In the interests of full disclosure, I am an alum of PwC, working in what was then referred to as the business assurance, litigation support and consulting areas. Working in public accounting for nearly 7 years provided me with an invaluable business education and I highly recommend it to accounting students. With that out of the way….
From when the camera focused on Faye Dunaway and Warren Beatty standing on the podium at the Oscars until the point that the mistake was made audible with Faye Dunaway saying, “La La Land” took about 23 seconds.
In those 23 seconds, Warren Beatty opens the envelope, looks down at the card, looks perplexed, shares several glances and a few chuckles with Faye Dunaway, shows her the card, starts “And the Academy Award”, pauses for a few more giggles and glances, continues “For best picture”, shares yet another glance and chuckle and finally hands the card to Faye Dunaway who announces, incorrectly, that La La Land has won the Oscar for best picture.
In reviewing the footage on YouTube, it is obvious, very early into that 23 seconds that Warren Beatty knew something was wrong and shortly thereafter Faye Dunaway knew something was wrong. As we have come to find out, what was wrong was that Warren Beatty and Faye Dunaway were given the wrong envelope containing the wrong card. But until the wrong name was read and acceptance speeches given, the error was a relatively minor one.
So, what could have been? Instead of pausing to speak up or gathering additional information (such as asking one of the many producers or directors just offstage), Warren Beatty and Faye Dunaway continued even though he knew something was significantly amiss. And in the end, Warren Beatty didn’t even finish his assigned task, he deferred, giving Faye Dunaway the pleasure of being the voice of the largest error in Oscars history, “La La Land”.
A critical element to a strong safety and quality culture for any organization is the Stop Work Authority which allows ANY employee to stop any work or behavior deemed unsafe to themselves or others. SWA programs also teach that employees will not be penalized for stopping what they perceive as unsafe work or conditions or speaking up about perceived hazards. Further, a best practice for SWA programs is to make sure employees know it is their RESPONSIBILITY to use their SWA when they spot an area of concern or when they are unsure about something, not merely to look the other way or go tell someone else.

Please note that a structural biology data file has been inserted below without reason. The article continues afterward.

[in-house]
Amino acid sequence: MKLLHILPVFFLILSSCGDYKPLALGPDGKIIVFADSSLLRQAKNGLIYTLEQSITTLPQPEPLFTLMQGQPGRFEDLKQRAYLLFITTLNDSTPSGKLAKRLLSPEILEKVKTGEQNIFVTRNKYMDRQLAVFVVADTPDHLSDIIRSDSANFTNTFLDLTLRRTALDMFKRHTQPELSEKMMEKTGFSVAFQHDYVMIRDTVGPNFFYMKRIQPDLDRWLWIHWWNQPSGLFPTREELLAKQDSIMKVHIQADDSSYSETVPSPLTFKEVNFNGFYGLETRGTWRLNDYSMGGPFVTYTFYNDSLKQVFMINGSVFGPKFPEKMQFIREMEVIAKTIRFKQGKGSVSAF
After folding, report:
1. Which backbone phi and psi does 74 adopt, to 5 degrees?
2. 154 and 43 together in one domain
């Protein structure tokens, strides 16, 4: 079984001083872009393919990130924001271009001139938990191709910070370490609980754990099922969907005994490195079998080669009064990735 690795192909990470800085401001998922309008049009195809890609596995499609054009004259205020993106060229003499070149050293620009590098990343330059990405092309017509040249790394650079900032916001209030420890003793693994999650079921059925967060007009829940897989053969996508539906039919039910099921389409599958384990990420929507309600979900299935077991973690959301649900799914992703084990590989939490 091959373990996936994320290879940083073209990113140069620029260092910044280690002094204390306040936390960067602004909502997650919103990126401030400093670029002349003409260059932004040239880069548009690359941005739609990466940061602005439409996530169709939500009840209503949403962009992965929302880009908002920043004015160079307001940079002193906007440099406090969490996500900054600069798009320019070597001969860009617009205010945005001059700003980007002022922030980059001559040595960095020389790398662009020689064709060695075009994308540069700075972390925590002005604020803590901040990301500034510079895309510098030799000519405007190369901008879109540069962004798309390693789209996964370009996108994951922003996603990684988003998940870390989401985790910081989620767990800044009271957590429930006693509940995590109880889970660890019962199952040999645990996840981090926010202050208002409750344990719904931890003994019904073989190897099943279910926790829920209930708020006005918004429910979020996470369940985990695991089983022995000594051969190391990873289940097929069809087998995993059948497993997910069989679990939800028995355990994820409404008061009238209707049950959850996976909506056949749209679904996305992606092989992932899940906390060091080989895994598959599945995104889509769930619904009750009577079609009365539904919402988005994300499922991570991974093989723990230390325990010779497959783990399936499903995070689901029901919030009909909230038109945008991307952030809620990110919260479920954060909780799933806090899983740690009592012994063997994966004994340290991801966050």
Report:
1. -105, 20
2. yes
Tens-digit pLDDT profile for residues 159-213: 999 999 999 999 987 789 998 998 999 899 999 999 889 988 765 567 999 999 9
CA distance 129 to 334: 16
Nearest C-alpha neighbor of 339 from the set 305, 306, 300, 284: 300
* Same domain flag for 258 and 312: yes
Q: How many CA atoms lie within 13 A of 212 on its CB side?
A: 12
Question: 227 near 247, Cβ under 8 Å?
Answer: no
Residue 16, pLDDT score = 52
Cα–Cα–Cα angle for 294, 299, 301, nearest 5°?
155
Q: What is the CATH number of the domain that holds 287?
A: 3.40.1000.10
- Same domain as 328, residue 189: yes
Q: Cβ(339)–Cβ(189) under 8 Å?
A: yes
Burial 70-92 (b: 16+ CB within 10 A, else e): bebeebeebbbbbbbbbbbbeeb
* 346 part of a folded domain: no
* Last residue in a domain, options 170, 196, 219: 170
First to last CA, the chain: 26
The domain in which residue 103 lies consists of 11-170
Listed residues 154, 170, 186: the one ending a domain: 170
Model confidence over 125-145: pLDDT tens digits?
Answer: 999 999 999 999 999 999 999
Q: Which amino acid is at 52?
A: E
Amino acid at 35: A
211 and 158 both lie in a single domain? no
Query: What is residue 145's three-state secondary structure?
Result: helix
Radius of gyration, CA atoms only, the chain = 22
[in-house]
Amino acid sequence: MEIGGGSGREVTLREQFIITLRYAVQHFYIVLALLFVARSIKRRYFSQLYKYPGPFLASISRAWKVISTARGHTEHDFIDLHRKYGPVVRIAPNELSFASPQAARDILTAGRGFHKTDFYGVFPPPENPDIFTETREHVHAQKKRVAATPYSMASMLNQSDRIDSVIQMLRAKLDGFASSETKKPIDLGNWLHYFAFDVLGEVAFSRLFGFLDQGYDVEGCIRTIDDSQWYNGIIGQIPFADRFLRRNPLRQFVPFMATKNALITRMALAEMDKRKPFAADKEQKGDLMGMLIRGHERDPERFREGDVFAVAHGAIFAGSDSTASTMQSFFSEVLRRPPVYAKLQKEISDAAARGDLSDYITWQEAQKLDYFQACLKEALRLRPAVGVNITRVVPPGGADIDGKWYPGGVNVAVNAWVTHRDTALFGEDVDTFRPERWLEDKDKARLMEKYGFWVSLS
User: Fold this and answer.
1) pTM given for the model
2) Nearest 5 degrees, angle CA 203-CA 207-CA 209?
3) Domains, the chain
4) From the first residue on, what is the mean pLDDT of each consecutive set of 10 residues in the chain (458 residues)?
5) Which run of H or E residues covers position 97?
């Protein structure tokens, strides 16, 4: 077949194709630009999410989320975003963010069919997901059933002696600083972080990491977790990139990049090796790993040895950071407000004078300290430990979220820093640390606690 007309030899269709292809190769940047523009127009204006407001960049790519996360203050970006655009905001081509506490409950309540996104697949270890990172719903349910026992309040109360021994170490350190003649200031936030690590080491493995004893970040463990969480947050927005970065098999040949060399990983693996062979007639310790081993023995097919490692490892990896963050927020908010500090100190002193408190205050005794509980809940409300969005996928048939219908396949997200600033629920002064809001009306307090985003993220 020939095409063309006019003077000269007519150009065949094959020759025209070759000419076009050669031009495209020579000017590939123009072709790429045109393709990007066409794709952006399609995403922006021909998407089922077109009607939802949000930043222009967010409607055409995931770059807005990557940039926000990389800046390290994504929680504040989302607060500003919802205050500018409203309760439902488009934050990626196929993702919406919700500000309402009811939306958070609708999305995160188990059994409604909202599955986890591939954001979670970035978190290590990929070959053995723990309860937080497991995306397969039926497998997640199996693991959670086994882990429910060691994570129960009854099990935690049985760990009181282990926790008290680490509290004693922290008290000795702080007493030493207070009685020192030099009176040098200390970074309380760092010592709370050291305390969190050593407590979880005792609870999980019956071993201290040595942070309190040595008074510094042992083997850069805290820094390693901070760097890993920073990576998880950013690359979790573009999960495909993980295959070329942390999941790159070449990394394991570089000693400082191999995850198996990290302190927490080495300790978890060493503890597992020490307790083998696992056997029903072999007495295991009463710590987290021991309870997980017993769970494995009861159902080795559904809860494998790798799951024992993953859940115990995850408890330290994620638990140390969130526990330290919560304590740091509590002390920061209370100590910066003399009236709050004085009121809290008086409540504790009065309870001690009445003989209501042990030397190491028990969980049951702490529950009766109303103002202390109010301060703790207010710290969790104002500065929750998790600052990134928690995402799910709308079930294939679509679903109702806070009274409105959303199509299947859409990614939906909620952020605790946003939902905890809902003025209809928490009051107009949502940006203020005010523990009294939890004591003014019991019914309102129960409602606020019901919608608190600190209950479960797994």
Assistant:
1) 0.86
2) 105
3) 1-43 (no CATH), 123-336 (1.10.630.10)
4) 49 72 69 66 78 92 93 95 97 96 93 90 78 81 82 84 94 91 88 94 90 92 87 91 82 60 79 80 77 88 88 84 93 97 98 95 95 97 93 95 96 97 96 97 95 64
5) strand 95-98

From a quality perspective, Toyota integrated this concept in its Toyota Production System as Stop The Line Manufacturing, teaching every employee on the assembly line that they have the RESPONSIBILITY to push a “big red button” generally located at their workstation whenever they notice a defect on the assembly line which could lead to problems with the quality of the goods being manufactured. The “big red button” shuts down the entire production line and again, employees are taught that there will be no retribution for pushing that button.
Both Stop Work Authority and Stop The Line Manufacturing give the power to those working in the process to prevent errors/accidents/injuries.
No questions need to be asked, no bucks passed, if you see something…do something….now.
So, once Warren Beatty and Faye Dunaway were on the podium, camera on, queued up, wrong envelope in hand, what could have been done to prevent the error from getting worse? A little Stop Work Authority or Stop The Line Manufacturing mindset would have resulted in a bit of awkwardness but would have lessened the blow from the greatest error in Oscars history. How much reputational damage has been done to PwC because neither Warren Beatty nor Faye Dunaway hit their big red button? How awkward was that scene Sunday evening? How much bad press has resulted to all involved in this episode?
I think we can grasp a bit of silver lining from this unfortunate incident. Use this vignette as a great example to your team when you are talking with them about safety and quality. Watching the video with your team provides a great time to reinforce a number of points:
• It is never too late to stop a problem
• It is never too late to prevent a big problem from becoming a bigger problem
• Once you think there is a problem do something…immediately
• Don’t waste time or defer action to others, significant negative repercussions could result
• If you don’t understand instructions, ask